Entrepreneurs, what will you do with your money when you become billionaires?

Entrepreneurswhat will you do with your money when you become billionaires? 

All of us are struck by the success of hundreds of entrepreneurs around the world. Anyone can reflect and wonder what a successful entrepreneur will do with his fortune. We know that Bill Gates and Warren Buffet have donated 99% of their fortune to social projects, but… What will Mark Zuckerberg, Travis Kalanick (Uber) or Brian Chesky (AirBnb) do with their money when their shares are liquidated or with the payment of dividends from their companies when they have them? 

We also know (controversy aside) that Amancio Ortega donated a significant amount of money for the acquisition of state-of-the-art medical equipment. 

Many of the successful entrepreneurs have told us that their main motivation is to improve the world and the lives of millions of people. But how do they do it? Where are the tangibles? How do they contribute to the betterment of the world? There are so many questions and so few answers. 

But perhaps the most interesting example is Xavier Niel, founder of the Iliad Group and the well-known company Free Internet. He managed to enter the telecommunications market.  

This morning was inaugurated the academy 42 Madrid together with the Telefonica Foundation, one of the social projects of Xavier Niel.  

Xavier Niel, L’Enfant Terrible of the French Digital World, is a self-taught entrepreneur. According to Forbes, he is today among the TOP 20 fortunes in France. With his Freebox, Xavier revolutionized a market dominated by the former Telecom monopoly: France Telecom (in Spain known as the Orange brand). 

His two flagship projects are: Station F, the world’s largest incubator with more than 1,000 startups. It is a project where entrepreneurs, investors and corporate venture meet daily for the development of innovative projects. 

The other project is 42, disruptive education for programmers.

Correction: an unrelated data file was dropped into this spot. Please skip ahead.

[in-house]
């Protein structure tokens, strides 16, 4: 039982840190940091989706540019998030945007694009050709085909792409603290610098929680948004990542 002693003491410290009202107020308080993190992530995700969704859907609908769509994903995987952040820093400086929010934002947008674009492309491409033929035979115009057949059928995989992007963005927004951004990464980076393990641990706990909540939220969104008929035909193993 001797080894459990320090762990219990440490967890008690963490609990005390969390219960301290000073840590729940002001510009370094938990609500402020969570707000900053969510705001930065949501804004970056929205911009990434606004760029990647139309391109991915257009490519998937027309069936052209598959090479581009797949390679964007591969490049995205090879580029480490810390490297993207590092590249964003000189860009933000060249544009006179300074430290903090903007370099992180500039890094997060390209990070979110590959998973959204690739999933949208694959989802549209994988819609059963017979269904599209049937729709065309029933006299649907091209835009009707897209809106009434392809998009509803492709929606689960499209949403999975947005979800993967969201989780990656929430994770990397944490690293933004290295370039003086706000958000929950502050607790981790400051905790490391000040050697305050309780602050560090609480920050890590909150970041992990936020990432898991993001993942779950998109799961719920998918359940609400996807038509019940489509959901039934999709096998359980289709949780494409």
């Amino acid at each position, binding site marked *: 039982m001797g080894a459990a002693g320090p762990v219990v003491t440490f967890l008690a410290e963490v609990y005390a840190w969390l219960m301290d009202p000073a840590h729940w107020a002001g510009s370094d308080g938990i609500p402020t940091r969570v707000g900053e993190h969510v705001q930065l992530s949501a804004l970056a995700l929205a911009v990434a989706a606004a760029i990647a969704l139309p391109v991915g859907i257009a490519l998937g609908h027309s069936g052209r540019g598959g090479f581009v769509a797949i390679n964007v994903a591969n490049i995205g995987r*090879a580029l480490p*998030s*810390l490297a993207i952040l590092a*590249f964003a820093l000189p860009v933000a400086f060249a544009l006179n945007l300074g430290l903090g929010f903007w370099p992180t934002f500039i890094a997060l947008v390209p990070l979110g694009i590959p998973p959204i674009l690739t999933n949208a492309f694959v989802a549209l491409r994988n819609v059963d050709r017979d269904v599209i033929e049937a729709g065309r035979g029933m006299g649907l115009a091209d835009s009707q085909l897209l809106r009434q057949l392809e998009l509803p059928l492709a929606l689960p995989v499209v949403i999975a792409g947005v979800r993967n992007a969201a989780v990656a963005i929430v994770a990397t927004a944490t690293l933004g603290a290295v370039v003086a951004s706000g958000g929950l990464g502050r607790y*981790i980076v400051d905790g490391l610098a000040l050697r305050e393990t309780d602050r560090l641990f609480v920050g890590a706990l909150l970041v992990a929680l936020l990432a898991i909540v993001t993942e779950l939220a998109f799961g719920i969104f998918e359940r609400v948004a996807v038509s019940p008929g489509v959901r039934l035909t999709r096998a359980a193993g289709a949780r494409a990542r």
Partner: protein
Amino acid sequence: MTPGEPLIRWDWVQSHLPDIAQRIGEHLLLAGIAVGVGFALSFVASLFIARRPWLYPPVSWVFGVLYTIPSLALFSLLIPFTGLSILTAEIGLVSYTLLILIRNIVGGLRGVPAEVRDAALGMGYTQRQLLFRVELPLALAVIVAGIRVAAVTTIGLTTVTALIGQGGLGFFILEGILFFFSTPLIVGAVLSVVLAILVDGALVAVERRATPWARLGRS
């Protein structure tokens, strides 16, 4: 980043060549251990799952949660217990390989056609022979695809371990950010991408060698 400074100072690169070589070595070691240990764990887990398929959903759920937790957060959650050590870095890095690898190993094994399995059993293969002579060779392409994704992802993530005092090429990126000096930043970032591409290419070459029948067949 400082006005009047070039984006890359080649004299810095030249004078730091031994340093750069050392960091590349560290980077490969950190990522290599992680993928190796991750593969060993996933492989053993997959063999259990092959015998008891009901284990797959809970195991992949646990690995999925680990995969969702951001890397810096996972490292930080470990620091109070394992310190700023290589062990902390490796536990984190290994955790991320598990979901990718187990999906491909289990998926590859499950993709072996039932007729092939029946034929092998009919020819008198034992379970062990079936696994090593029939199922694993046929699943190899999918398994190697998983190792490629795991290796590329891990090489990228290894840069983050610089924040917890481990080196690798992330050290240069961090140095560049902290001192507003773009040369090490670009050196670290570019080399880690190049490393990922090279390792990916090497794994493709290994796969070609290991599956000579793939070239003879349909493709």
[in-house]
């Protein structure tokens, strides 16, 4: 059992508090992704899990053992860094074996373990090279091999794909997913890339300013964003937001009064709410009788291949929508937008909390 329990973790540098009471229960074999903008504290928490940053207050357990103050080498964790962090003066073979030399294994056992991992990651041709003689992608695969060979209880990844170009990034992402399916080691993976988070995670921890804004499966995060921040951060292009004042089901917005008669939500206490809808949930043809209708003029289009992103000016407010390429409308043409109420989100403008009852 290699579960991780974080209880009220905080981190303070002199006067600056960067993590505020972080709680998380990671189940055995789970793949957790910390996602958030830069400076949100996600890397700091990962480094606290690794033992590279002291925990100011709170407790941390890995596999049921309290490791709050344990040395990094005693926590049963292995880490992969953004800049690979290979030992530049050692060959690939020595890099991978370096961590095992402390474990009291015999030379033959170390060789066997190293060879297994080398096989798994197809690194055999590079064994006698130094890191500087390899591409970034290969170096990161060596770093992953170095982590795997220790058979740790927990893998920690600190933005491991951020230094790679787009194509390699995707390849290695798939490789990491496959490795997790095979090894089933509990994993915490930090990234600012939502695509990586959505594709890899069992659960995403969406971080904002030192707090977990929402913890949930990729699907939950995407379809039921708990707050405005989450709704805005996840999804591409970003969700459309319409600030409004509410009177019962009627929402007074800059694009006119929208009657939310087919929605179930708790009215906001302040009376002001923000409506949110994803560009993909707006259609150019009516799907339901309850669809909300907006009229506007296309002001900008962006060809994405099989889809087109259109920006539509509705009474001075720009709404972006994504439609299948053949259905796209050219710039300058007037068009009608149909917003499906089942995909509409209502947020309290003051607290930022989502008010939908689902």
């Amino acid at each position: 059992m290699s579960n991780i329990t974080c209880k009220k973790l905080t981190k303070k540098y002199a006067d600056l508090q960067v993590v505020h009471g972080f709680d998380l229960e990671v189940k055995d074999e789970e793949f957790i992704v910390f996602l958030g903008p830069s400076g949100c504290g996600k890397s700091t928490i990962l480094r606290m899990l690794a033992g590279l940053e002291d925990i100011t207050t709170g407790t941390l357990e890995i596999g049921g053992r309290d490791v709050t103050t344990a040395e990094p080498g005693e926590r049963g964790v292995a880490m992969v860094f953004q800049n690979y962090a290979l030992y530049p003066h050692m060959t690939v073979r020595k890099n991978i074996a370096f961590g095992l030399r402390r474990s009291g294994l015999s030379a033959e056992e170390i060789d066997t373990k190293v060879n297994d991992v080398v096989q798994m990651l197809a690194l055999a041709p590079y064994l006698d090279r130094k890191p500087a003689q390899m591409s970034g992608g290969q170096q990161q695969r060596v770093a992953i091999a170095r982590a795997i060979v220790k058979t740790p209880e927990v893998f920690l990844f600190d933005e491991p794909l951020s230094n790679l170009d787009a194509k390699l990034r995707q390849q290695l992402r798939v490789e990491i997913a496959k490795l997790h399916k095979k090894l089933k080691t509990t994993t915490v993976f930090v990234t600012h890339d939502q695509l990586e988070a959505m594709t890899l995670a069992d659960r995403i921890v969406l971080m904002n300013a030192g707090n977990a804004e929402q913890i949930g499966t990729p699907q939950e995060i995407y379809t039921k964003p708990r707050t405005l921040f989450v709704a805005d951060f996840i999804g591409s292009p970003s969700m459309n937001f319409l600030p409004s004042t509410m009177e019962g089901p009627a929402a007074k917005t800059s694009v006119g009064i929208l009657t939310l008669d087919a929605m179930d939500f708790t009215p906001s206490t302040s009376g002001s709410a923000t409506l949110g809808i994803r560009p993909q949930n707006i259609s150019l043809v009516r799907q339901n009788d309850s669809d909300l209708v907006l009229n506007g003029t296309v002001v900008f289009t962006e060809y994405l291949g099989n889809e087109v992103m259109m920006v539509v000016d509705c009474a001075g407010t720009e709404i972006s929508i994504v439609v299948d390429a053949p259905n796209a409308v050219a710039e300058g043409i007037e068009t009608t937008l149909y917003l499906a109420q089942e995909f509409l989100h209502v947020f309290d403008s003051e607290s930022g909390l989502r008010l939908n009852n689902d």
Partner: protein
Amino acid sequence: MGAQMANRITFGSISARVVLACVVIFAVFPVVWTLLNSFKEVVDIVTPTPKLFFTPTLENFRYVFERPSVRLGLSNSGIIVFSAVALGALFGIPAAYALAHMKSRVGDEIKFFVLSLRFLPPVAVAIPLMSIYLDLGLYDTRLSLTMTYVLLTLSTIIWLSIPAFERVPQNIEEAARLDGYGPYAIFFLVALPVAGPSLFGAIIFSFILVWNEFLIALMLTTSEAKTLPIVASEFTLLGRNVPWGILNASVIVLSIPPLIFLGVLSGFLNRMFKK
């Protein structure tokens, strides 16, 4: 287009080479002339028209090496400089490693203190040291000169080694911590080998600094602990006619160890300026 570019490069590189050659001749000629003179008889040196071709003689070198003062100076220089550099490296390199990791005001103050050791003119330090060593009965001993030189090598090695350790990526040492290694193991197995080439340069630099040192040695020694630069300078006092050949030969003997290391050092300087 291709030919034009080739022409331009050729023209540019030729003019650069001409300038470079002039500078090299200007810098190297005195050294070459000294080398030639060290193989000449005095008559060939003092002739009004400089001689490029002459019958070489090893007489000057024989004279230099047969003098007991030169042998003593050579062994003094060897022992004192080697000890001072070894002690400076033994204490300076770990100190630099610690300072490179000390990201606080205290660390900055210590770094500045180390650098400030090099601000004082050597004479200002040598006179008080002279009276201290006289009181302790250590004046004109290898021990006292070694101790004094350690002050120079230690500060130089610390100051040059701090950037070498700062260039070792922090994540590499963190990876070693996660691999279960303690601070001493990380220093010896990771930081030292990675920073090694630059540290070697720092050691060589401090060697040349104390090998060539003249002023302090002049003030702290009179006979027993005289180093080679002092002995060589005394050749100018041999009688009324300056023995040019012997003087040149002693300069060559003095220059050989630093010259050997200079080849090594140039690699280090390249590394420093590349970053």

The origin of 42 was a counterweight to the French education system, which did not train the programmers needed by innovative companies and startups. But above all, it did not allow talent without resources to develop.  

42 was created in Paris in 2013. It was the first revolutionary computer programming school, free and open to all, including those excluded from the traditional French education system.  

The school has no teachers, no official diploma and is open 24 hours a day, 7 days a week. It is based on “peer-to-peer pedagogy” and on “learning by doing” (project-based learning). 

After 6 years, there are already more than 20 schools in the 42 Network around the world and it is growing every year; it is part of a group of associated campuses in France, Belgium, Morocco, Finland, the Netherlands, Russia, Brazil, Indonesia, Armenia, Japan, Colombia, Spain, Canada and Italy. 

Finally, this initiative is coming to Spain thanks to Fundación Telefónica, which is financing the first school in Madrid. Today Fundación Telefónica presented 42 Madrid, the most revolutionary and pioneering programming campus in Spain, located in the heart of Telefónica (the Norte 3 building in Las Tablas, Madrid). It has 5,000 square metres and a capacity for 900 students. 

The good reception of 42 Madrid has led Fundación Telefónica to take on a new challenge: the expansion of the project. In 18 months, it plans to scale this revolutionary and successful pedagogical model and take it, in addition to the existing campuses in Madrid and Sao Paulo, to Malaga, Barcelona, Bizkaia, Valencia and, hand in hand with private and public entities that share the commitment to digital education as an element of progress and social cohesion.   

There is no doubt that we have an answer to the question of what Xavier Niel does for the welfare of others through his Station F and 42 projects. 

As Aristotle said, “Of all the varieties of virtue, generosity is the most esteemed.” And we hope that many “billionaires” contribute to the entrepreneurial ecosystem so that innovative projects can be funded by crowdfunding platforms such as Fellow Funders

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